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Gossip about the Highman collection of Chippendale and Sheraton furniture

Published September 1902

Chippendale and Sheraton furniture collection

Gossip about the Highman collection of Chippendale and Sheraton furniture
image Photo by Iva Muškić from Pexels

Millionaires have sighed in vain for the Higham collection of Chippendale and Sheraton furniture owned by the family of that name, who have resided in Higham for centuries The actual value of the collection of about fifty pieces is placed at £50,000, but Henry Grant the railway king, made an offer of £80,000 for it not long ago, which was refused. Some of the chairs cost £1,000 each, and date from the twelfth century.

Although the Highams work for their living as farmers, they have as yet stoutly declined any of the tempting offers which have been made for their treasures from time to time. Chairs sometimes prove expensive, and one in the King's collection at Windsor, which was once used at the coronation of the Venetian Doges and is dated 1670, cost 250 guineas; while two small Louis XIV. tables, sold by the Duke of Leeds in 1900, realised £15,000.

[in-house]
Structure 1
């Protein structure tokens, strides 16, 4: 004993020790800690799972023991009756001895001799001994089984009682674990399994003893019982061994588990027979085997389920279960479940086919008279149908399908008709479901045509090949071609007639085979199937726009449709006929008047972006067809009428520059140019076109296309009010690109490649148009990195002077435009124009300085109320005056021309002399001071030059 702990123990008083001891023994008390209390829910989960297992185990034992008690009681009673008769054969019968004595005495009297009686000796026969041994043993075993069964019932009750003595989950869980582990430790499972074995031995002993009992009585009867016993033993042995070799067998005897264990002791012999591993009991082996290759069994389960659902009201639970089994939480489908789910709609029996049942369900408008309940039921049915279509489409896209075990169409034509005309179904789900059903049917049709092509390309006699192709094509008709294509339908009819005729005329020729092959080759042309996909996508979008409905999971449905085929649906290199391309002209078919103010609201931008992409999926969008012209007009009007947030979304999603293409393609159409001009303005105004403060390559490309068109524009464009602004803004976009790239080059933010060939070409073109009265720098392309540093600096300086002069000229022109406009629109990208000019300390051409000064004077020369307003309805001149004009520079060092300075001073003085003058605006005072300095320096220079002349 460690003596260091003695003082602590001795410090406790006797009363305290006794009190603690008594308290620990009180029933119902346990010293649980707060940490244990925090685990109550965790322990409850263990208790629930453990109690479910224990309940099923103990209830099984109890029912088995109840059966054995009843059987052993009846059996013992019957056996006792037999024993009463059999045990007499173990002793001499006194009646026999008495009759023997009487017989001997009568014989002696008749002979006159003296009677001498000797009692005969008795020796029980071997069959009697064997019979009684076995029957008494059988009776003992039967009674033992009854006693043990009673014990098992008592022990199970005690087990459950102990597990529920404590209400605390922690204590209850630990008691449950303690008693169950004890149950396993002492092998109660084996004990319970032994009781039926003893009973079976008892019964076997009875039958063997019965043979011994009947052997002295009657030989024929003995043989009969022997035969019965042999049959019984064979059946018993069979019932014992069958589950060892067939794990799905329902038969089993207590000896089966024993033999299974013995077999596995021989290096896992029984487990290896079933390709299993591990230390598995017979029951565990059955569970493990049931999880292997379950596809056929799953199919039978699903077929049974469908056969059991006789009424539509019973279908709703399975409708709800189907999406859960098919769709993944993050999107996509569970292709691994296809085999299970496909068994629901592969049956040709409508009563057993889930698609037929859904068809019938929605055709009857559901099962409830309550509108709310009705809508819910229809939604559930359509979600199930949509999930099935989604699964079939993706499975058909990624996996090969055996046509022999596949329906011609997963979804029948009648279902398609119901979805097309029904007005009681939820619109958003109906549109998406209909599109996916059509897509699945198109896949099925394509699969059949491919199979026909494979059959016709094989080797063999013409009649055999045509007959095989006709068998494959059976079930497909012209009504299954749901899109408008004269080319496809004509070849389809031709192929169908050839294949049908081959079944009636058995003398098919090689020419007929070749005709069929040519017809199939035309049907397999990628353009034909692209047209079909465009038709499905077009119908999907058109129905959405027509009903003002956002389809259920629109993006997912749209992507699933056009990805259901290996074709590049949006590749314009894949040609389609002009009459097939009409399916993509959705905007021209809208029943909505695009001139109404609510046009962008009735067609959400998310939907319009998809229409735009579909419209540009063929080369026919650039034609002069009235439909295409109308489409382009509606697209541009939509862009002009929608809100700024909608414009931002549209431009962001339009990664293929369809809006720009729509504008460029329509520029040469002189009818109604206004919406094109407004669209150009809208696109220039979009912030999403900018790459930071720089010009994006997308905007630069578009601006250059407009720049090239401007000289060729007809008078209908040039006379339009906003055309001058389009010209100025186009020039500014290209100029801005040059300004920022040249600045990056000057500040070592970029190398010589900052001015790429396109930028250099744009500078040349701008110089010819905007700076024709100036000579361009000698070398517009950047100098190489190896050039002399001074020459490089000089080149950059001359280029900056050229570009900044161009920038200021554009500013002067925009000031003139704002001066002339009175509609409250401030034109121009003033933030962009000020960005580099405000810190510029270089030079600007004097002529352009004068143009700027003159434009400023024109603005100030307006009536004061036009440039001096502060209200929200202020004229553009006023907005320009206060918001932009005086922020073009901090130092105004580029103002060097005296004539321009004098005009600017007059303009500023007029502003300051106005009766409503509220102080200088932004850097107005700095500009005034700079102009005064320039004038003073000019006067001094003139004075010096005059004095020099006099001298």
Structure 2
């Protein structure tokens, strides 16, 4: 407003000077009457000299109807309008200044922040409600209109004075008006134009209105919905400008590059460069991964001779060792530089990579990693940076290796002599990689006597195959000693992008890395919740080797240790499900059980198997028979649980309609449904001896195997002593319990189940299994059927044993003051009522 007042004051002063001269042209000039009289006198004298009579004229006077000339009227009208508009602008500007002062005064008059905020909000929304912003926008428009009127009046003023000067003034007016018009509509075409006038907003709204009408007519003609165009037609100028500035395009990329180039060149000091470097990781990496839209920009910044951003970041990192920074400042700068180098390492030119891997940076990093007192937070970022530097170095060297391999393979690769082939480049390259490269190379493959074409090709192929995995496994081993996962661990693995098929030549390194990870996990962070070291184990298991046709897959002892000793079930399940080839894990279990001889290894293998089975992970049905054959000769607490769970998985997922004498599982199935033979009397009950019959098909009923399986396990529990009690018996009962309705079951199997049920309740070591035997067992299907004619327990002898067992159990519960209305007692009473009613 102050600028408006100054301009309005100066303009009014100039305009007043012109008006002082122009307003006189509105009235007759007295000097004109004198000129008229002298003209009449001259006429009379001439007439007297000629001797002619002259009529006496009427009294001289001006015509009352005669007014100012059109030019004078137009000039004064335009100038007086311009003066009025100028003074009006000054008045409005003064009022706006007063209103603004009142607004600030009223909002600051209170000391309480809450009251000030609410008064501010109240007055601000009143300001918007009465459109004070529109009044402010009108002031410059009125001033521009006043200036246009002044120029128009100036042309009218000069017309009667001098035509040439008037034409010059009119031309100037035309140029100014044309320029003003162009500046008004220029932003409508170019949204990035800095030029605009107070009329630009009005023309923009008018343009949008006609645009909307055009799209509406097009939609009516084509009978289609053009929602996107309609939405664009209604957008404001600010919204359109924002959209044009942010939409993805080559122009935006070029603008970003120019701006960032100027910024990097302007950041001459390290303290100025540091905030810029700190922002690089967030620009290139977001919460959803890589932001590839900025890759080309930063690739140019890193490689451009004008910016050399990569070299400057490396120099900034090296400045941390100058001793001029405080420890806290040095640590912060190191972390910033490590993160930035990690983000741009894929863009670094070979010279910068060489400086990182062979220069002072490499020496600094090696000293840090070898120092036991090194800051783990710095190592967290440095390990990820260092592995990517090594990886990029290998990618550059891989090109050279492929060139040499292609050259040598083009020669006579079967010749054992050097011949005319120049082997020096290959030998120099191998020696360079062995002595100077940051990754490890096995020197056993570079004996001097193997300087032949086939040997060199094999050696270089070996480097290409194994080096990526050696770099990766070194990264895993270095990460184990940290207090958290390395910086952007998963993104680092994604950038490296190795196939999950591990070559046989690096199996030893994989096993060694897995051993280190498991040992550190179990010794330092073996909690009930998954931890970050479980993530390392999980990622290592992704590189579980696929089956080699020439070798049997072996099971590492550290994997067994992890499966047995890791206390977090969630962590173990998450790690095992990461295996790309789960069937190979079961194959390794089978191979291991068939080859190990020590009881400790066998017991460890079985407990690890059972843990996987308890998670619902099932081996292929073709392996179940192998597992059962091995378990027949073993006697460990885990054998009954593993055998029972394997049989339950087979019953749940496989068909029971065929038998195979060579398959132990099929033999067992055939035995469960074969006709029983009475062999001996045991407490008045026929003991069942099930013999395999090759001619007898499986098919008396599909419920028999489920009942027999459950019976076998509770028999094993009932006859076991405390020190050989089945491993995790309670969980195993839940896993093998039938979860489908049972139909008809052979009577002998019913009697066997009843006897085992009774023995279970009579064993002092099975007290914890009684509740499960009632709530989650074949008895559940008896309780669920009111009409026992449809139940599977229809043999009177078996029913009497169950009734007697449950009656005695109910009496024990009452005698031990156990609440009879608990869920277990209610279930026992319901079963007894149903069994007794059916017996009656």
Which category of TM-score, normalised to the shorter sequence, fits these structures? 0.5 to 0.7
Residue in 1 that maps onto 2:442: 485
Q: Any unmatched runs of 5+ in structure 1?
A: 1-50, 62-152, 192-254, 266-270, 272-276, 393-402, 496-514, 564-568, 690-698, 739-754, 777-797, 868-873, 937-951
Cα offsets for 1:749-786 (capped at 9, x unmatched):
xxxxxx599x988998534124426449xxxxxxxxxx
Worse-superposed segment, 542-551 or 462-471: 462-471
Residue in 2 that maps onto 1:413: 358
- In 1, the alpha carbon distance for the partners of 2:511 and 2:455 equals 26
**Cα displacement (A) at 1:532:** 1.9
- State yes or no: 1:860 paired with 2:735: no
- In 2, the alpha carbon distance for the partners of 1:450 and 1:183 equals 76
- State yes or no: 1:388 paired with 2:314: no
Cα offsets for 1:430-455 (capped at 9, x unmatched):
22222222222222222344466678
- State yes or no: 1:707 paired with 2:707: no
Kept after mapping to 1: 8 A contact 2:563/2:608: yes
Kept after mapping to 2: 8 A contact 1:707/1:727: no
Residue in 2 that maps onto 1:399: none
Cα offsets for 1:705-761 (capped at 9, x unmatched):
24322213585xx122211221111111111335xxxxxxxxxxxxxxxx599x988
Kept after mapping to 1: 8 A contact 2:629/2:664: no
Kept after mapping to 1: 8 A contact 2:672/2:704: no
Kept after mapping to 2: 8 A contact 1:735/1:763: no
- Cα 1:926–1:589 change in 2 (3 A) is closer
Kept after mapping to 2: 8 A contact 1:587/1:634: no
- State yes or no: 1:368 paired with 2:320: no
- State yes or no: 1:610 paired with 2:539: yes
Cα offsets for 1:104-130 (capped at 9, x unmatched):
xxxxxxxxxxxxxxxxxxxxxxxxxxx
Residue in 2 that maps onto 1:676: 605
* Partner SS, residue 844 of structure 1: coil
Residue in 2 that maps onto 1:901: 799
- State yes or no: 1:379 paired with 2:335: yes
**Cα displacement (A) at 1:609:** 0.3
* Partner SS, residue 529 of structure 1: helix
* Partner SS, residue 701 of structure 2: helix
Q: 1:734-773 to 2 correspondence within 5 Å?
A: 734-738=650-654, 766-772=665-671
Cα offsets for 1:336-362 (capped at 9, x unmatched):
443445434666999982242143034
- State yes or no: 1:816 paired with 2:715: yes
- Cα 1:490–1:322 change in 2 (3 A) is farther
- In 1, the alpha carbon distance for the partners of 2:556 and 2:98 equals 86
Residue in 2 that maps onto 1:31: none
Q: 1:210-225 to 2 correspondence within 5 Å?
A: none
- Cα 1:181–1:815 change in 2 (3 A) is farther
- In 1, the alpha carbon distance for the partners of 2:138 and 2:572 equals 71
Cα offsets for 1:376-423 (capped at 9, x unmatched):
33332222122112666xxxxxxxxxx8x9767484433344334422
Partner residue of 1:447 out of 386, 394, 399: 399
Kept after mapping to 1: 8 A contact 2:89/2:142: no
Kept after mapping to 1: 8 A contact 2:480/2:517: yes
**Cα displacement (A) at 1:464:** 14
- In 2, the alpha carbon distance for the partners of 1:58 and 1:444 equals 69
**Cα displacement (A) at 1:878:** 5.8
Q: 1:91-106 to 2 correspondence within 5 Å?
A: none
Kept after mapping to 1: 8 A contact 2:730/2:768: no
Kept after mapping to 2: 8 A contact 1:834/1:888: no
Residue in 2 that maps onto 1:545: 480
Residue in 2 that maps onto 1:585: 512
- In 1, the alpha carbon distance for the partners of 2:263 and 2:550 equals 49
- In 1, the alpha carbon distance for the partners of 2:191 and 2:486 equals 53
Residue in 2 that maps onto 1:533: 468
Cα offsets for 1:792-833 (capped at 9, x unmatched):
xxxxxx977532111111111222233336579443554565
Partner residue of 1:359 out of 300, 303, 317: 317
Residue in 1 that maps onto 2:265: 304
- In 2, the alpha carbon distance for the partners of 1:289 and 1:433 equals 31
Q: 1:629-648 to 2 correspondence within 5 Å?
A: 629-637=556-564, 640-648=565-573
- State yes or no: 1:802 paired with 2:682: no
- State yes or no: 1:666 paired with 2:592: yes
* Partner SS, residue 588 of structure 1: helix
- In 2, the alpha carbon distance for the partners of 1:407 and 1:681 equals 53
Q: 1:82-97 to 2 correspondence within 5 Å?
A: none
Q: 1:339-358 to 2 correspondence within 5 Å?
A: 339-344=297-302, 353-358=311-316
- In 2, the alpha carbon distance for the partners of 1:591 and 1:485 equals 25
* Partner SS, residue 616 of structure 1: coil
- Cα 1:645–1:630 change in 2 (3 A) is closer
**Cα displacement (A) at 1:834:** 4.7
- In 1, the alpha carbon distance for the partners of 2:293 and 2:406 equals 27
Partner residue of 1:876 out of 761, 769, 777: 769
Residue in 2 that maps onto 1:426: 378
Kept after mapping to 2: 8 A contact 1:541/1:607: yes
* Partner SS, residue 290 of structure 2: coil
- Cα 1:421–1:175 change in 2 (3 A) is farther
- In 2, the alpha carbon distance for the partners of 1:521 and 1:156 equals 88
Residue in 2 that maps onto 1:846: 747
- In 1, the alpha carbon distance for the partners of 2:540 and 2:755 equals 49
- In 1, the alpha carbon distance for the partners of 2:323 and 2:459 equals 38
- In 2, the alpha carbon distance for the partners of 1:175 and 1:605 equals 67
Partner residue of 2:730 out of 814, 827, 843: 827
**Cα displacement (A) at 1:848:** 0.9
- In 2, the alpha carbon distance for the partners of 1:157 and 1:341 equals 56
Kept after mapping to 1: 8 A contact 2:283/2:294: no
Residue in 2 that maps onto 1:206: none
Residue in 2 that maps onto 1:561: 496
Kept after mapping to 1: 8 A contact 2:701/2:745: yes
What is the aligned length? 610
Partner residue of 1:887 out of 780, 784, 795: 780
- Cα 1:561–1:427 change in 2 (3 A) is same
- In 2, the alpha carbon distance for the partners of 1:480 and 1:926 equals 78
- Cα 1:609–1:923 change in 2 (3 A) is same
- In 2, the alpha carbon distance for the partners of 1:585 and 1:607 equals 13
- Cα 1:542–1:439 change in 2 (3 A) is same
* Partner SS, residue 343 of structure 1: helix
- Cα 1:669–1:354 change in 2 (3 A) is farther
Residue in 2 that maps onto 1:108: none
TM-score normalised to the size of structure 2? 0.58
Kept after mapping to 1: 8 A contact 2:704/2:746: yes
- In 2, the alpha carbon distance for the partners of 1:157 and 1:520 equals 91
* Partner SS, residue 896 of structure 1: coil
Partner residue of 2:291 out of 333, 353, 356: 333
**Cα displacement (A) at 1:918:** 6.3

Pianos, too, although at all times costly, seldom fetch the prices which some millionaires are content to pay for them. Cornelius Vanderbilt gave £3,500 for one some time ago, and the Marquis of Breadalbane has one which cost only £500 less. If money is any guarantee, then the piano owned by Mr. Murand, a New York financier, must indeed be a sweet-toned instrument, for it cost £10,000.

The value, perhaps, lies more in the priceless paintings that adorn it and the patterns let into the woodwork in precious stones. Monarchs invariably spend fortunes in furnishings, and a decade ago the Sultan of Turkey decided to fit up a luxurious bedroom for his own use. The bed is of ivory and silver, the posts being incrusted with gems to represent the Imperial arms. The silk of which the hangings are made cost £80 a yard, and the tapestry on the walls is woven with gold thread and ablaze with diamonds, while even the ceiling is inlaid with gold. This piece of extravagance cost the Oriental potentate £120,000.

But probably the most expensive suite of furniture in existence is that owned by a certain Indian Maharajah. It consists of four arm chairs, three small tables and a sofa, all of solid ivory, and the suite is the more valuable because it was given to Warren Hastings by Tippoo Sahib. Five years ago an offer of £100,000, made by John Ashbury, the Californian millionaire, for the eight pieces of furniture as they stood, was refused.

About this article

This article is a reprint of an existing article, published in The House, September 1902. It is the intent of this website to present this article in human and machine readable form. Format and editing changes have been made. This article is provided for the purpose of enjoyment only.